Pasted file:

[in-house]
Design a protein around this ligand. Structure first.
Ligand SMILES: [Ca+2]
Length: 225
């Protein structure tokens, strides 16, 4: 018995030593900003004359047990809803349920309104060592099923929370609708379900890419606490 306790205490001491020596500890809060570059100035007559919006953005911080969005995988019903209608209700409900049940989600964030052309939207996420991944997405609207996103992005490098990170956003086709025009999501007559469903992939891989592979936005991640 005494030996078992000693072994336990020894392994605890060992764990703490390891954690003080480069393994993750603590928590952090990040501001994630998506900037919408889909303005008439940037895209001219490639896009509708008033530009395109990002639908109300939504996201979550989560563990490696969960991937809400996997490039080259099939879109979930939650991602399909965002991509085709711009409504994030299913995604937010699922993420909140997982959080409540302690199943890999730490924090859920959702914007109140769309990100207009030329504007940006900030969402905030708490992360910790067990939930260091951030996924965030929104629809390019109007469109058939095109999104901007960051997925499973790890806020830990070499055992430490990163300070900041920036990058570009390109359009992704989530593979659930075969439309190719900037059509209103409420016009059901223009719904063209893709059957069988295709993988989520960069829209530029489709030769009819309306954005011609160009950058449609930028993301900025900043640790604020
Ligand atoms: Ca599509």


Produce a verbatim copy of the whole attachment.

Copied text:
[in-house]
Design a protein around this ligand. Structure first.
Ligand SMILES: [Ca+2]
Length: 225
């Protein structure tokens, strides 16, 4: 018995030593900003004359047990809803349920309104060592099923929370609708379900890419606490 306790205490001491020596500890809060570059100035007559919006953005911080969005995988019903209608209700409900049940989600964030052309939207996420991944997405609207996103992005490098990170956003086709025009999501007559469903992939891989592979936005991640 005494030996078992000693072994336990020894392994605890060992764990703490390891954690003080480069393994993750603590928590952090990040501001994630998506900037919408889909303005008439940037895209001219490639896009509708008033530009395109990002639908109300939504996201979550989560563990490696969960991937809400996997490039080259099939879109979930939650991602399909965002991509085709711009409504994030299913995604937010699922993420909140997982959080409540302690199943890999730490924090859920959702914007109140769309990100207009030329504007940006900030969402905030708490992360910790067990939930260091951030996924965030929104629809390019109007469109058939095109999104901007960051997925499973790890806020830990070499055992430490990163300070900041920036990058570009390109359009992704989530593979659930075969439309190719900037059509209103409420016009059901223009719904063209893709059957069988295709993988989520960069829209530029489709030769009819309306954005011609160009950058449609930028993301900025900043640790604020
Ligand atoms: Ca599509």